When this bull market comes to an end, the immediate cause will not likely be from our shores as was the case in 2000 and 2007. Despite most major equity indices in the U.S. closing at new all time highs yesterday, European equities, particularly their bank stocks, trade downright awful on a relative basis. The Euro Stoxx Bank Index (SX7E) is one of the worst looking charts I have seen of late, now trading less than 2% from its 52 week closing low made on October 16th:
Despite the index being up 35% from its 2013 lows, there are some of its large components that have failed to keep pace, most notably Deutsche Bank (DB) which trades like the European Sovereign Debt Crisis never ended, down 34% on the year and down 42% from the 52 week highs made in January:
I am a pretty simple guy when it comes to most things, but I am hard pressed to think that there can be economic weakness in Europe, Russia, Brazil and China without some sort of re-set (or more sustained than the 2 week sell off we saw last month) in risk asset prices here in the U.S.. Again, I don’t manage other people’s money, I don’t create asset allocation models. I sit at my desk Monday through Friday staring at my screens looking for interesting trade set ups. As you can imagine there are very few “set ups” that screen well for taking a bearish view near term, and even less bullish long term.
So for the last few weeks, since the bottom in October I have been sitting on my hands a bit as it seems like the fix is in for 2014. But, if we continue to have the sort of divergence in economic results that we are witnessing in some of our closet trading partners, and the price action in their risk assets continues to deteriorate I suspect that our equity markets will not be immune not matter how loud or for how long the Fed tells us rates will stay low. I suspect this is a Jan/Feb 2015 thing, but with the SX7E and stocks like DB acting the way they do, a sort of black swan event could be on tomorrow morning’s front page.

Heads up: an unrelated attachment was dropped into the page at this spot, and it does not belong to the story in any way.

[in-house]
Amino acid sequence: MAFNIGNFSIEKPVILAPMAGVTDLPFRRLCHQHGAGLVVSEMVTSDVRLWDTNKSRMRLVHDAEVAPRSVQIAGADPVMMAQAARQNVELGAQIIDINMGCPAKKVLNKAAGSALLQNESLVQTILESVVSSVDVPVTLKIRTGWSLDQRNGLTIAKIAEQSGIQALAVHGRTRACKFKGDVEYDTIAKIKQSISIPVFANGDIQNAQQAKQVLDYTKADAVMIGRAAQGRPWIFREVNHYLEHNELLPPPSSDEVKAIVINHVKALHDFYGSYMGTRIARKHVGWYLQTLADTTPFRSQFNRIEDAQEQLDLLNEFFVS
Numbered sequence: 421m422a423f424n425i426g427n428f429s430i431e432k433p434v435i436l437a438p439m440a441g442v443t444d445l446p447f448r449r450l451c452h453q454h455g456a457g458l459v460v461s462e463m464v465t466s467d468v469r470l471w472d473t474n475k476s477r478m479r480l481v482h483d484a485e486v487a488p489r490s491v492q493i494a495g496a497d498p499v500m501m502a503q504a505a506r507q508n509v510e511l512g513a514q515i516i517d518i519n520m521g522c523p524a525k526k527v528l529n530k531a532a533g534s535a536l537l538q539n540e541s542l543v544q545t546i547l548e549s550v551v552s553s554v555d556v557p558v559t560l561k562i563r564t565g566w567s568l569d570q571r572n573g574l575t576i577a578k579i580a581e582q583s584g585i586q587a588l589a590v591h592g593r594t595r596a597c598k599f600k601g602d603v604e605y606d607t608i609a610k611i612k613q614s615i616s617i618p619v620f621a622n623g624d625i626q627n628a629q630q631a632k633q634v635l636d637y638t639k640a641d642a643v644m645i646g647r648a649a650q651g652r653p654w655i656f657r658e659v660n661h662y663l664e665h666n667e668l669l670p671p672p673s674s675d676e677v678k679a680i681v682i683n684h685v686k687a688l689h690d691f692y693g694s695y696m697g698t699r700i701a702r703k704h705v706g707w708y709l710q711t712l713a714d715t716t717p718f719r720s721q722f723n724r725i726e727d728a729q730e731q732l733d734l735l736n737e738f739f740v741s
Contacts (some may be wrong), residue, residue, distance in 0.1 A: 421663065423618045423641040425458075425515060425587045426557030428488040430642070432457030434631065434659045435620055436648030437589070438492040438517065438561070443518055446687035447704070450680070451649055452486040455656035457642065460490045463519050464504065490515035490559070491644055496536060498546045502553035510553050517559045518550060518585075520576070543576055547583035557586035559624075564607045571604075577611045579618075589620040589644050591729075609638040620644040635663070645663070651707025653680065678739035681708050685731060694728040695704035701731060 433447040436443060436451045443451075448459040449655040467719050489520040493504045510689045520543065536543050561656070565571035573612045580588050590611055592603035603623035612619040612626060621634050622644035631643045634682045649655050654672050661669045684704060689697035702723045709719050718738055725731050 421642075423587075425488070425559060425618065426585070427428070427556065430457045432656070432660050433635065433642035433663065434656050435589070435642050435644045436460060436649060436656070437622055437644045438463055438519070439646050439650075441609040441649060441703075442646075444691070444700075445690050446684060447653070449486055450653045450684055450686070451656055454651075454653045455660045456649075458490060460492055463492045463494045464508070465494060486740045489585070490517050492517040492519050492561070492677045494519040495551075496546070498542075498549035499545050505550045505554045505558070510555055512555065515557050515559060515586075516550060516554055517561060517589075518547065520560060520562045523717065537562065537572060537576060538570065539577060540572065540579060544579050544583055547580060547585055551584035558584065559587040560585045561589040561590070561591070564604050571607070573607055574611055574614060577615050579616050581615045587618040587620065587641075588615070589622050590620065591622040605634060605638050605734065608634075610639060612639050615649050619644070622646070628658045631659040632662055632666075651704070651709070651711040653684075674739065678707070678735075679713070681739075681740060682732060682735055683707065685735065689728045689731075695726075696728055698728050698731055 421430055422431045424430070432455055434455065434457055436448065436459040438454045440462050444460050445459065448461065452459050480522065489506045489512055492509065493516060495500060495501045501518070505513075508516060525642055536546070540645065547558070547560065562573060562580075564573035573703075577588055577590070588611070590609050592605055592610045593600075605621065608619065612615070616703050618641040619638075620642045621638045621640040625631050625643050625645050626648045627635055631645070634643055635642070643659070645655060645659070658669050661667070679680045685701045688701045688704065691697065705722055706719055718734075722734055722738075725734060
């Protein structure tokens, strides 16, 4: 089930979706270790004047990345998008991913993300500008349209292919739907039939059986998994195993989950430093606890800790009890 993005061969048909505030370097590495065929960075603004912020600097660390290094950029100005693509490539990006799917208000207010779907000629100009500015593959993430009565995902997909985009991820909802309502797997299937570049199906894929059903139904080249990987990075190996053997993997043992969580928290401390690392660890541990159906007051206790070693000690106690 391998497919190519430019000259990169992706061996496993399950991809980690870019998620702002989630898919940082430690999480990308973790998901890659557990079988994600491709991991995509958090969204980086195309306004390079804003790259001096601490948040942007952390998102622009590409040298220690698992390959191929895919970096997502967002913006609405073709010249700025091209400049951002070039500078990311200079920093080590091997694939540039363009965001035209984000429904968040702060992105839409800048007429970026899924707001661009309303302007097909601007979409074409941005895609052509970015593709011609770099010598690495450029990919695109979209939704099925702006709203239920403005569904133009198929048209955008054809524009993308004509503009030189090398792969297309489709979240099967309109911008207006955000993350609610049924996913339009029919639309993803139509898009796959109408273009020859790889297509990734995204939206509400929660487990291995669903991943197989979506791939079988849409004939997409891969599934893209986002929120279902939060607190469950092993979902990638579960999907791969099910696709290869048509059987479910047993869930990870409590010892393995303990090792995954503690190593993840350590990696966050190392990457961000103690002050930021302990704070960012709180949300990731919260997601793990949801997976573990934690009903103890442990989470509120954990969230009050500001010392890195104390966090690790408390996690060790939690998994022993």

My friend Michael Batnick who writes a great blog call The Irrelevant Investor tweeted the following yesterday:
Can you literally imagine owning stocks, AT THESE LEVELS?!?!?!?
— Irrelevant Investor (@michaelbatnick) November 11, 2014
I think Mike would have used a sarcasm font if available, but not the way you think. I suspect his point is how wrong skeptics are in this market. People could have made the same cautious against buying equities at 1800, 1900, 2000 etc.
It’s been an easy trade to buy every dip, stay long and strong. And I can’t argue with those results. Whether your form of risk management is diversification/asset allocation, puts, cash, gold, bitcoin, bomb shelters, it may make sense to revisit how you implement said risk management, and have a plan, because if we go back an test last month’s lows in the S&P 500 in the coming months I suspect the draw-down will be a bit more pronounced and investors who did not sell for tax reasons in October may be far more inclined to do so early in the new year.
Oh and one more thing, incase you missed this headline from Bloomberg: NATO Says Russian Troops Enter Ukraine as East Risks Open War The potential for another flare up in Ukraine is NOT being discounted by most global risk assets, and any additional provaction by the Russians at the very least means wider economic sanctions which makes an economic recovery that much more challenging in 2015. I am not in the camp that thinks the U.S. economy can de-couple from a recessionary Europe.